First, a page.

• Drought Level of Doom: World 8 is scarce in power-ups, particularly 8-1, which has no Super Mushrooms or Fire Flowers, and 8-4, which has no power ups at all.
  • Dub-Induced Plot Hole: The manual references a "Mushroom King", the father of Princess Toadstool. He is never even alluded to in-game or in any subsequent game. The reason for this is that he is the invention of the English localization; the Japanese manual does not mention him.
  • Dub Name Change: Every character other than Mario, Luigi, and Hammer Brother was renamed for the English version.
    • Kame-ichizoku (Turtle Tribe) > Koopas
    • Daimaou Koopa (Demon King Koopa) > Bowser, King of the Koopas
    • Peach-hime (Princess Peach) > Princess Toadstool
    • Kinopio > Mushroom Retainer
    • Kuribo > Little Goomba
    • Nokonoko > Koopa Troopa
    • Patapata > Koopa Paratroopa
    • Gessou > Bloober
    • Pakkun Flower > Pirana [sic] Plant
    • Jugemu > Lakitu
    • Togezou > Spiny
    • Paipo > Spiny's egg
    • Killer > Bullet Bill
    • Killer Taihou > Turtle Cannon
    • Metto > Buzzy Beetle
    • Pukupuku > Cheep Cheep
    • Bubble > Podoboo
    • Star > Starman

  • Early-Bird Cameo: The Disk System version (accidentally) contains Bloopers in the air in World -3, which would made a proper appearance in Super Mario Bros.: The Lost Levels.
  • Early Installment Character Design Difference: Look at Bowser up there. Does he look anything like the Bowser we're all familiar with today? Princess Toadstool got this too.
  • Early Installment Weirdness: This was the first game to truly define Mario platformers as we know them today, and it introduced many iconic elements that have been mainstays in the series since. Despite that, the game also features numerous quirks and oddities that were phased out in later games. A detailed analysis can be found here.
  • Easter Egg: If you wait long enough on the title screen, then a brief demo will start to play.
  • Easy Level Trick: If you're Super Mario or Super Luigi, you can easily bypass large chunks of the underground levels by breaking through the brick ceiling and running along the top to the end.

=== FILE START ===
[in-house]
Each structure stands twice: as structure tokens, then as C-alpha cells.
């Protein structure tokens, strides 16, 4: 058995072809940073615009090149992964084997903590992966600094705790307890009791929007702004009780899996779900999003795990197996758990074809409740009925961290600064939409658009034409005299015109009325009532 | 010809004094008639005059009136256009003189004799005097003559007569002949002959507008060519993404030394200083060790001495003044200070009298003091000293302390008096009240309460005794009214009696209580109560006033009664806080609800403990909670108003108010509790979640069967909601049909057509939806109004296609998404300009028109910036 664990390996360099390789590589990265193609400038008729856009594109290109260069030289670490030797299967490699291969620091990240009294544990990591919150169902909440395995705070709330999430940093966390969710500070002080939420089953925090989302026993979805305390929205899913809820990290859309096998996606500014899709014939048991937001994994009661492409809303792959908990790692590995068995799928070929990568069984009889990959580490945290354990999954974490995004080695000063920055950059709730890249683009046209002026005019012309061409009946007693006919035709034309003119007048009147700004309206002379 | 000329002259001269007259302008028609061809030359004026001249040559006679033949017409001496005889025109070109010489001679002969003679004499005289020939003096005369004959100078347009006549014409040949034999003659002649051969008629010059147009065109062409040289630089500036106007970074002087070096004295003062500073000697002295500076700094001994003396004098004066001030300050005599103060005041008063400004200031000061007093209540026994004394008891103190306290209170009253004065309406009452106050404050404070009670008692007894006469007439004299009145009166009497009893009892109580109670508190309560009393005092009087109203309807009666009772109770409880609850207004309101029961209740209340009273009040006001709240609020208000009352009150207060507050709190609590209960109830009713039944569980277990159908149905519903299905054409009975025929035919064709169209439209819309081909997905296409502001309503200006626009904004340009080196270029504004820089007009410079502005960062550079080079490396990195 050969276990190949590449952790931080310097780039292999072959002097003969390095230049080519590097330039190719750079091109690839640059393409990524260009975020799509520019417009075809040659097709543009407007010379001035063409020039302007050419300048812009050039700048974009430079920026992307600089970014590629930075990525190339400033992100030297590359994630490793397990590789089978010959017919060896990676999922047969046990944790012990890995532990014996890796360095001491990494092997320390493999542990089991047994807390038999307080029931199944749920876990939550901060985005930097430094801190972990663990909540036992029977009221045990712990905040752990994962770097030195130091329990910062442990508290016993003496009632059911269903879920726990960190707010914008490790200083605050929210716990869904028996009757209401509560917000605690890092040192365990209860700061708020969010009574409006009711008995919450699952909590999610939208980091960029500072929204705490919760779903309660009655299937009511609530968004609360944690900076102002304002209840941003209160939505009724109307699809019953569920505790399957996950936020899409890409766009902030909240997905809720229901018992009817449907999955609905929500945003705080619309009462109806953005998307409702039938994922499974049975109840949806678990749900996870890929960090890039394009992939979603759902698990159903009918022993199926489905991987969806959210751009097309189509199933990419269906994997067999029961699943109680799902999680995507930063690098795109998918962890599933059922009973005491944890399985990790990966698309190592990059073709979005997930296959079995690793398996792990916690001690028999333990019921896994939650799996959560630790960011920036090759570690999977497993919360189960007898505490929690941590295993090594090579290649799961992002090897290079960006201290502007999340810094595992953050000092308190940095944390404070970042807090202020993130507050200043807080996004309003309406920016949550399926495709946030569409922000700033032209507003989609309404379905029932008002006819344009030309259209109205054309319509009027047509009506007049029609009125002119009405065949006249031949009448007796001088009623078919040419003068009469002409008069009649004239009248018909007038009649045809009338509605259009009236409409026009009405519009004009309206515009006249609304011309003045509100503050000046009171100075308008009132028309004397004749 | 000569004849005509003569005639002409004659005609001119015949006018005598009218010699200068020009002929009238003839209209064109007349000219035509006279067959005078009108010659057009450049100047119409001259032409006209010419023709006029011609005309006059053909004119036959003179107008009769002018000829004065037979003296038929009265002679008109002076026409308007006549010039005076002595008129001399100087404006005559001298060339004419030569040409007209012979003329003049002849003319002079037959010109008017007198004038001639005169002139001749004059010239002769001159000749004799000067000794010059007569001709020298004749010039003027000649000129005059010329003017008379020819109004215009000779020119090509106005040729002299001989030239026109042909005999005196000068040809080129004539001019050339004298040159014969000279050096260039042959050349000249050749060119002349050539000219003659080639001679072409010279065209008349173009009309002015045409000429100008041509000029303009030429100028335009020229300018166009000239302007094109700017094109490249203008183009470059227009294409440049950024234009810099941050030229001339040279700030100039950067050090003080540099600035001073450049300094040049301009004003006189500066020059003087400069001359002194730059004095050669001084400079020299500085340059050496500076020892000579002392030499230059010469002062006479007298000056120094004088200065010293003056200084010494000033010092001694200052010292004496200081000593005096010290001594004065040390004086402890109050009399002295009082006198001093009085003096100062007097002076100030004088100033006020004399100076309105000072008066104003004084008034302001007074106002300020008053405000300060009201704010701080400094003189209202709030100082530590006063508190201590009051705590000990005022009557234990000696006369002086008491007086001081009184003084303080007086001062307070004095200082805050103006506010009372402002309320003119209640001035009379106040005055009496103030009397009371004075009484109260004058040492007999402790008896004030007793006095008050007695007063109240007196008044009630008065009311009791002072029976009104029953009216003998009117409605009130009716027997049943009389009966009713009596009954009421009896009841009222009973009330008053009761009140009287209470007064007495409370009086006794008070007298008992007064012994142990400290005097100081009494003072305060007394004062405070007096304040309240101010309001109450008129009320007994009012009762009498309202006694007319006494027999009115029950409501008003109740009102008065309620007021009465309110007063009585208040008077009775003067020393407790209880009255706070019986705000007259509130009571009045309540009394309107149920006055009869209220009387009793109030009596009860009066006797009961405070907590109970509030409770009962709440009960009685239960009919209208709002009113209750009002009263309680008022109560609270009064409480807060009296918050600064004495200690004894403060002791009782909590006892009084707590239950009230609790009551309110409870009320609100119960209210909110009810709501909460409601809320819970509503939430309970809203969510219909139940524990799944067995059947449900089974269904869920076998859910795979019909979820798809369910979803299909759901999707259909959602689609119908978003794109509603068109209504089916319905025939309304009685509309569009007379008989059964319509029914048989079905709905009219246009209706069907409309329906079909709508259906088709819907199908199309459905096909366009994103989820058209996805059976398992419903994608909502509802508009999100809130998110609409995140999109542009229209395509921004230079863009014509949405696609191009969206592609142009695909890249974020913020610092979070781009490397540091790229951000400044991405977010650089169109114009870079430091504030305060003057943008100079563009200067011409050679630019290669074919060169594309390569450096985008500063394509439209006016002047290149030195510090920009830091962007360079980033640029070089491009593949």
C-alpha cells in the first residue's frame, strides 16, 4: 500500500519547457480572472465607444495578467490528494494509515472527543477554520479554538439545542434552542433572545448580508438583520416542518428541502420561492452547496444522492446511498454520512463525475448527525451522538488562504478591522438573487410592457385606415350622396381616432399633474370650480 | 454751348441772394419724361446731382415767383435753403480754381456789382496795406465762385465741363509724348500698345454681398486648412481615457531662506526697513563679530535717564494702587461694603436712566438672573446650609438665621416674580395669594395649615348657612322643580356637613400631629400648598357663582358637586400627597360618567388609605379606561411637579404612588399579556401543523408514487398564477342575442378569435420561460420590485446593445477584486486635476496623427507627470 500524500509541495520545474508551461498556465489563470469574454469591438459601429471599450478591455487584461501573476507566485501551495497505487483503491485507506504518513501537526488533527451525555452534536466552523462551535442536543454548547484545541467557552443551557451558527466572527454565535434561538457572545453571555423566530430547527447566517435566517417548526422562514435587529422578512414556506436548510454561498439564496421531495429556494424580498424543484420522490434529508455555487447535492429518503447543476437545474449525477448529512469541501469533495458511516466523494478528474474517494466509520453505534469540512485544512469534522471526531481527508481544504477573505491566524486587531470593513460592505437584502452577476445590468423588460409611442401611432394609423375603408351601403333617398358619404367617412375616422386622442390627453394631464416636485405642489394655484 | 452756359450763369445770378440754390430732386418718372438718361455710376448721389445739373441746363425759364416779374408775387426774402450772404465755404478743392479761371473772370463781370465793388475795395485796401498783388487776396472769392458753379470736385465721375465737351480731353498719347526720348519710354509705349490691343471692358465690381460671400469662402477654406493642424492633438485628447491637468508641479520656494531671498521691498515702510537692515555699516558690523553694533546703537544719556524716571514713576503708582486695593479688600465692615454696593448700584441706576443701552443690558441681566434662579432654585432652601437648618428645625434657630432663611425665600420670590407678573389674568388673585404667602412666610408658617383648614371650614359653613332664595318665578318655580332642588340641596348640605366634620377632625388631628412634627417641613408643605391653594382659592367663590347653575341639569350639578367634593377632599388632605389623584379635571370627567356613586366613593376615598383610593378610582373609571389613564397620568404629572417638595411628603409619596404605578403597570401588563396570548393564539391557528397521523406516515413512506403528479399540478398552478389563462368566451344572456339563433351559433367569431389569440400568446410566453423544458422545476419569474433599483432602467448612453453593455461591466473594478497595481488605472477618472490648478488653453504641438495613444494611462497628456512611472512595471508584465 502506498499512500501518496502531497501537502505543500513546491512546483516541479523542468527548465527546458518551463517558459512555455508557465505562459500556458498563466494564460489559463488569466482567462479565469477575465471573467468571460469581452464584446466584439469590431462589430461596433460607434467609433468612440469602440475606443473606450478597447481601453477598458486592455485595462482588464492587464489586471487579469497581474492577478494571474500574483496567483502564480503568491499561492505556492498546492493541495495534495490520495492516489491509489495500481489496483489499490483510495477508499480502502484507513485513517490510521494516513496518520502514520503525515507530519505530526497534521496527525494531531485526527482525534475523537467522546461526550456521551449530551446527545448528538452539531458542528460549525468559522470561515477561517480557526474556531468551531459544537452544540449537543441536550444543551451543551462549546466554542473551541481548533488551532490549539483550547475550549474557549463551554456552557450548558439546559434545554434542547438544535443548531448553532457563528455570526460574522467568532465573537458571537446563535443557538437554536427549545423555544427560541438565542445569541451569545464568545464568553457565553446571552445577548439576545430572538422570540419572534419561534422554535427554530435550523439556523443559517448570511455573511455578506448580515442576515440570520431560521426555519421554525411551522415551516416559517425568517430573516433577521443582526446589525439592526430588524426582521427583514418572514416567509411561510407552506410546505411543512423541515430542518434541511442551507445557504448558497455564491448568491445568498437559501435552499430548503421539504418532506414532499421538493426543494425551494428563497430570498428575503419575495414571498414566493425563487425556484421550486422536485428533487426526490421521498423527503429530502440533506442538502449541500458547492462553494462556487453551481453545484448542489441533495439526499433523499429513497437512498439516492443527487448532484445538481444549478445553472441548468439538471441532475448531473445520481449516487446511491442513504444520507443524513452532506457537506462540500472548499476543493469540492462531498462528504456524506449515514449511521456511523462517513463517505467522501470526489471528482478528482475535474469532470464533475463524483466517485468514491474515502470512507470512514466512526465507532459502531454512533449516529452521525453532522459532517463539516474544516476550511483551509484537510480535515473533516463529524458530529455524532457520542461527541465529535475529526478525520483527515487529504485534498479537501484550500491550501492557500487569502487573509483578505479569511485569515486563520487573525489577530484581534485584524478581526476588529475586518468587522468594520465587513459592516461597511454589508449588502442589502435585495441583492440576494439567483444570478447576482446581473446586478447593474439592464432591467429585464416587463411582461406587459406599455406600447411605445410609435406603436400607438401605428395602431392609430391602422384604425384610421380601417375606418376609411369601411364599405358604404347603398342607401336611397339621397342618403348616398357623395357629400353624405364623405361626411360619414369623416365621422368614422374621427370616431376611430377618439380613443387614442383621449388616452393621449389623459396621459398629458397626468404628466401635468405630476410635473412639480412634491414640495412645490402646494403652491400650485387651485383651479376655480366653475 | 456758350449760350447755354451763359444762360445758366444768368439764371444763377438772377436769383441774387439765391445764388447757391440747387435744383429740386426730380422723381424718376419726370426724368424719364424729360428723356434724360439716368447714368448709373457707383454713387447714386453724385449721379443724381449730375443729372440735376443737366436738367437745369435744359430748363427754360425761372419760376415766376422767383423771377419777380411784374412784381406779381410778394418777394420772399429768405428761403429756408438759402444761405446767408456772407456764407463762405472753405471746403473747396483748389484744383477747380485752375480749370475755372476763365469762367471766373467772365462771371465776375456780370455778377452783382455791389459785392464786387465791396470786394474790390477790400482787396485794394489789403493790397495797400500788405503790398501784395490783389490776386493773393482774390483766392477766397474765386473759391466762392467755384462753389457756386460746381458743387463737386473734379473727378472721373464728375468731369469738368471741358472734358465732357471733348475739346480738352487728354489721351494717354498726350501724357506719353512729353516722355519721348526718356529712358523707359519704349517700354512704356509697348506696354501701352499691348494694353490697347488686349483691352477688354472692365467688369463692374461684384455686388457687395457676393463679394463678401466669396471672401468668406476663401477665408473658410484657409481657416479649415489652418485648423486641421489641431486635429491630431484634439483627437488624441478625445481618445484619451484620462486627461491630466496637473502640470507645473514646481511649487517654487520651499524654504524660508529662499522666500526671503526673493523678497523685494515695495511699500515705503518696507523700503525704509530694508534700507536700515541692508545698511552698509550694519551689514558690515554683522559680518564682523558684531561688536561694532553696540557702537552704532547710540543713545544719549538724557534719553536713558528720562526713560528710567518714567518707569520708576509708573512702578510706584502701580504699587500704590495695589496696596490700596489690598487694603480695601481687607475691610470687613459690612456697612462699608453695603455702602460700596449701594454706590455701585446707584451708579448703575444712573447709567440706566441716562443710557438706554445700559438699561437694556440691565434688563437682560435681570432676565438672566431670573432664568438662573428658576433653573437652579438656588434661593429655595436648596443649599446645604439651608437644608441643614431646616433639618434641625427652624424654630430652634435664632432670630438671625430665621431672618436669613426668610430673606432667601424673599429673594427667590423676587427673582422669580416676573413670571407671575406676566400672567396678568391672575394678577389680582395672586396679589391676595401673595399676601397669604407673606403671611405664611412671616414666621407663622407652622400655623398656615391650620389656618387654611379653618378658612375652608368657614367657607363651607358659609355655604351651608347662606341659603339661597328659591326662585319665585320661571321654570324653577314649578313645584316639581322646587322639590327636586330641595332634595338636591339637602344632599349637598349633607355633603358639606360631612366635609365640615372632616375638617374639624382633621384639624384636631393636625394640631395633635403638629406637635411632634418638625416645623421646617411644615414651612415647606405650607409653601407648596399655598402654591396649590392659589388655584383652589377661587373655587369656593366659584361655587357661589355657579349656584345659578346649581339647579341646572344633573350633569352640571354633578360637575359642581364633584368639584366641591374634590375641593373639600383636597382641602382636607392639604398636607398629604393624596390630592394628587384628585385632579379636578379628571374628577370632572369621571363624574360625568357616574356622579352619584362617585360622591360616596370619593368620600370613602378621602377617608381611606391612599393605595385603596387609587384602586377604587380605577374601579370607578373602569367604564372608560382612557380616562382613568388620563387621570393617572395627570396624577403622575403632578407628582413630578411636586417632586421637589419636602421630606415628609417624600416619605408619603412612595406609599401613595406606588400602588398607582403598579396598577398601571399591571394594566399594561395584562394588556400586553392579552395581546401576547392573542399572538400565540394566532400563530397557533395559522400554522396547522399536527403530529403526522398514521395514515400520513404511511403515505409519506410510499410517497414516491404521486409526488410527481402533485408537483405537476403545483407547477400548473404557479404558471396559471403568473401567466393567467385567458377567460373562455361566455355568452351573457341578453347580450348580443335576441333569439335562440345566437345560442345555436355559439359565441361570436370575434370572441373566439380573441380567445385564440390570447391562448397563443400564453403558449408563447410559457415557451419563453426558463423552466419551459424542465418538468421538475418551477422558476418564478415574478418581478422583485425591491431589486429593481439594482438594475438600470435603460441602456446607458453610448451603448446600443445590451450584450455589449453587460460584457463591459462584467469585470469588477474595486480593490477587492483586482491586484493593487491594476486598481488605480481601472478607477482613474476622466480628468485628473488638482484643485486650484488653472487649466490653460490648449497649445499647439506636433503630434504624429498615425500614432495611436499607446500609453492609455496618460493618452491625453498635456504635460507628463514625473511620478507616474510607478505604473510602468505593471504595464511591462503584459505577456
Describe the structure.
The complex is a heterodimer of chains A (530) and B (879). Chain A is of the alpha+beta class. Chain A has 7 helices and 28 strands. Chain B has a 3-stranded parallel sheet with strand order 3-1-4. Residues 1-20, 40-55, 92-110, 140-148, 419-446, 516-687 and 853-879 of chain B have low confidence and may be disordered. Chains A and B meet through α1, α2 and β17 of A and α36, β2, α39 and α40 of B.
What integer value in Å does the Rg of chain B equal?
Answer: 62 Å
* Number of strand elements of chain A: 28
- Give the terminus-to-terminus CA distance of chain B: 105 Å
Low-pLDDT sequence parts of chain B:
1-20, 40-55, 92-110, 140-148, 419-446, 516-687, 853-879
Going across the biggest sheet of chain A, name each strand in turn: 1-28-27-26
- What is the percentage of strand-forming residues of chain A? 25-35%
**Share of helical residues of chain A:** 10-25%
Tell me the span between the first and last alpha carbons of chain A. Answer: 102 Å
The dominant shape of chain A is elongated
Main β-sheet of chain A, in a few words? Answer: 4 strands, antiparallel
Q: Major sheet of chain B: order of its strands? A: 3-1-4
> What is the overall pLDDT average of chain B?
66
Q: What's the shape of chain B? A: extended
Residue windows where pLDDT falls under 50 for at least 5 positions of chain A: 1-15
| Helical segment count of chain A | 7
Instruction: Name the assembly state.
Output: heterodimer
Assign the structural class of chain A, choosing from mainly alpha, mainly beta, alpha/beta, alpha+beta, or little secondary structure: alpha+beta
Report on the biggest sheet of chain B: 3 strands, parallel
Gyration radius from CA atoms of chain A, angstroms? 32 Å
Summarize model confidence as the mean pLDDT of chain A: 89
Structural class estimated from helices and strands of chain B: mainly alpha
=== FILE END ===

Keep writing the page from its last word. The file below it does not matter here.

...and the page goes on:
• Elite Mooks: Hammer Brothers. They not only strafe back and forth in one spot but usually pop up in groups and throw an endless supply of hammers that are very hard to dodge. If you didn't get a Fire Flower beforehand, youre in for a world of hurt with them.
  • Endless Game: Famous for averting it, although technically, you can play the levels again after the ending.
  • Every 10,000 Points: 100 coins equal a 1-Up.
  • Excuse Plot: One of the classic staples of the video game excuse plot, also codifying one of its subtropes in the process; Bowser has kidnapped the princess and is trying to take over the Mushroom Kingdom, and Mario and Luigi have to save the day! Now press start and go save the day!
  • Fireballs: From the Fire Flower, of course.
  • Flying Seafood Special: Cheep Cheeps, which jump out of the water and into the air.
  • Gameplay and Story Segregation: There is actually only one Buzzy Beetle that can be killed with fireballs in this game. It's disguised as Bowser at the end of World 3-4.
  • Guide Dang It!:
    • Each x-1 level has a hidden 1-Up Mushroom in it. Besides the one in 1-1, they only appear if you've gotten all the coins in the previous x-3 level or used a Warp Pipe (e.g. to get the one in 2-1, you need to get all the coins in 1-3).
    • World 4-4 and 7-4 in the original since there is no chime for a correct passageway. Even if one memorizes the routes for both levels, 7-4's solution has been altered in VS.
  • Handwave: The manual gives a flimsy excuse on why kicked Koopa shells don't affect enemies that are off screen - they simply jumped over the shell when Mario wasn't looking.
  • Hard Mode Filler: Some of the later stages. Namely Worlds 5-3, 5-4, 6-4, 7-2, 7-3 and 7-4, which are harder versions of 1-3, 2-4, 1-4, 2-2, 2-3 and 4-4 respectively. In VS., these harder stages are bumped ahead and replaced with new stages that later formed part of The Lost Levels.
  • Hard Mode Perks: The "hard mode" replaces all Goombas with Buzzy Beetles, which allows the player to get as many lives as they want by having their shells being kicked repeatedly against certain structures, much like a Koopa shell. It also makes clearing a whole row of enemies much easier - stomping a Beetle and kicking it to take out all the others is effortless compared to stomping all Goombas individually.
  • Hitbox Dissonance: